In ''The Big Picture: The New Logic of Money
and Power in Hollywood,'' the investigative author Edward
Jay Epstein holds that what used to be the movie business,
centered in ''movie houses,'' has been transformed into
the home-entertainment business. As a result, its familiar
lexicon has been overtaken.
''Outdated vocabulary,'' he writes, ''includes such terms
as B-picture, first run, marquee name, long run, blockbuster
and box-office gross -- terms from an era in which the paramount
measure of success was the performance and duration of movies
Lest we forget, a B picture was a low-budget film made to
accompany the feature film, thereby producing a double feature
-- enough to fill three hours of an evening out, or time
to air-cool off on a hot afternoon. The theater circuit
was so named, Epstein tells me, ''because reels of a single
movie could be sent by bicycle from one theater to the next.
Show times were sometimes cut so close that one theater
was showing the first reel of a film while another theater
was showing the last.''
I pick no nits with his thesis of a paradigm-dropping shift
in the industry and its lingo, but one of his etymologies
is speculative. Blockbuster, he reports, was ''coined in
the 1920's to denote a movie whose long line of customers
could not be contained on a single city block.'' Though
an online encyclopedia suggests a similar origin -- describing
a play so successful that competing theaters on the block
are ''busted'' -- no specific citation is given, and without
a citation, you don't have a coinage you can bite on. I'd
say blockbuster is World War II vintage and cite The Los
Angeles Times of July 30, 1942: ''The R.A.F. had lost 29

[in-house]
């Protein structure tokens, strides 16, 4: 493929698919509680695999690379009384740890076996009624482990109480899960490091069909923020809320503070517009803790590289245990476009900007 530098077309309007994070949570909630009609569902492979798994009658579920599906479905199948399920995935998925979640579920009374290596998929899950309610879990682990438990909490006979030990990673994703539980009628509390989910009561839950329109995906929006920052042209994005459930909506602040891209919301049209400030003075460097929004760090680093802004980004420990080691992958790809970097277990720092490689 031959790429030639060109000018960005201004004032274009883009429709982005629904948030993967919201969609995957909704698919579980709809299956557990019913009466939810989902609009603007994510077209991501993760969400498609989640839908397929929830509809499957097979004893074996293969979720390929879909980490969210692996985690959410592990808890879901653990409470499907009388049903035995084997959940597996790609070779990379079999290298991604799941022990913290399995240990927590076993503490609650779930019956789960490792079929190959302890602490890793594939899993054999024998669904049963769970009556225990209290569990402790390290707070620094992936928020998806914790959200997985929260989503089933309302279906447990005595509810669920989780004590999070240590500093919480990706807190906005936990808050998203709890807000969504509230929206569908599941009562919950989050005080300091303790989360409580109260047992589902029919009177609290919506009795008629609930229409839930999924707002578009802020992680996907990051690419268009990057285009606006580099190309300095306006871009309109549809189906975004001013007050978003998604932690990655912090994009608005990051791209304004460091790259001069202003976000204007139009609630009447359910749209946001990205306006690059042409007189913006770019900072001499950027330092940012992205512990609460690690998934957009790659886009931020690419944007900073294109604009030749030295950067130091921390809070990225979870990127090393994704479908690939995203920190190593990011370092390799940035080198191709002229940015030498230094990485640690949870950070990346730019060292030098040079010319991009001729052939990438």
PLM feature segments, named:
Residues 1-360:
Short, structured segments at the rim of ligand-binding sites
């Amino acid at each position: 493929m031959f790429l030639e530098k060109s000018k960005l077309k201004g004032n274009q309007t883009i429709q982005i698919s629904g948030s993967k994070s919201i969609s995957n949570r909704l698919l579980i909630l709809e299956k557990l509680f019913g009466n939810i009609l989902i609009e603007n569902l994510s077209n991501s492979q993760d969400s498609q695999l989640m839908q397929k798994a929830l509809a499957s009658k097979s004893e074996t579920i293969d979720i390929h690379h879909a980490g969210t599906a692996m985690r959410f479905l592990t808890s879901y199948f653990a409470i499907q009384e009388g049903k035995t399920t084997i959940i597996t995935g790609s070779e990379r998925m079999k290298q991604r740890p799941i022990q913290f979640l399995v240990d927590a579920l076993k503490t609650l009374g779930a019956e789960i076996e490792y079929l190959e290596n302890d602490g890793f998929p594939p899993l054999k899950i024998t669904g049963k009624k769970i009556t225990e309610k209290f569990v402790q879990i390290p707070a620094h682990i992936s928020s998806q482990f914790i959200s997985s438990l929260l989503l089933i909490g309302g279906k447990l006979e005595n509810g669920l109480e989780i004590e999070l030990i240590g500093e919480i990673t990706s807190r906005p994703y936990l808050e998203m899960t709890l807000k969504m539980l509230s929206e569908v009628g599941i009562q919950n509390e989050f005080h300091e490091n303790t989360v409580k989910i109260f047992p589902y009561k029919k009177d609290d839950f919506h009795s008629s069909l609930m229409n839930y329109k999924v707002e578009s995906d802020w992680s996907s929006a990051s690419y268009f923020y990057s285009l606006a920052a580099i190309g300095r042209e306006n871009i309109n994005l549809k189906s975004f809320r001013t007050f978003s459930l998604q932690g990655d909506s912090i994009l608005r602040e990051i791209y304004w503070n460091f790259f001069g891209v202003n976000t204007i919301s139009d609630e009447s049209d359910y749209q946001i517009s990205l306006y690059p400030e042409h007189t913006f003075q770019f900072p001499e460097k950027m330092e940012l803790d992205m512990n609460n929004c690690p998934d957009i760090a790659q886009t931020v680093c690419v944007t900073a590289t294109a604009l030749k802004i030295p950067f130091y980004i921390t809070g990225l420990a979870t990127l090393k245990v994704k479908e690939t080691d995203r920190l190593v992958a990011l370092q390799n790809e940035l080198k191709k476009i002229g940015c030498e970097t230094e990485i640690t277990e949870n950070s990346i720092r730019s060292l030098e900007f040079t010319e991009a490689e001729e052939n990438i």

of the 600 bombers sent against Hamburg Sunday, when 175,000
incendiaries and hundreds of explosive bombs, including
two-ton 'block busters,' were dumped in a 35-minute raid.''
In that same year, the phrase the big picture had its premiere.
In his title, Epstein plays its movie meaning against its
current sense of ''an overview that brings perspective.''
Probably (now I'm the one speculating) the phrase grew out
of the perspective in a painter's ''broad canvas.'' The
Big Picture, with initial caps to signify a theme, was used
in 1931 by a Depression-era baseball official to describe
the distinction that sportswriters bestowed on the St. Louis
Cardinals star Pepper Martin, but its grand-perspective
sense was first brought into play by Lt. Col. Robert Allen
Griffin, in defining the word strategy in 1942: ''The term
applies to the big picture; it is used in direction of campaigns
. . . to win wars.''
Griffin's use of the phrase in the present sense may have
been from an earlier use in an economics context by the
British social scientist Barbara Wootton. His usage is today's
money quote, but when somebody comes up with the hard evidence
of its origin, security strategists, business gurus and
language mavens will consider that a blockbuster.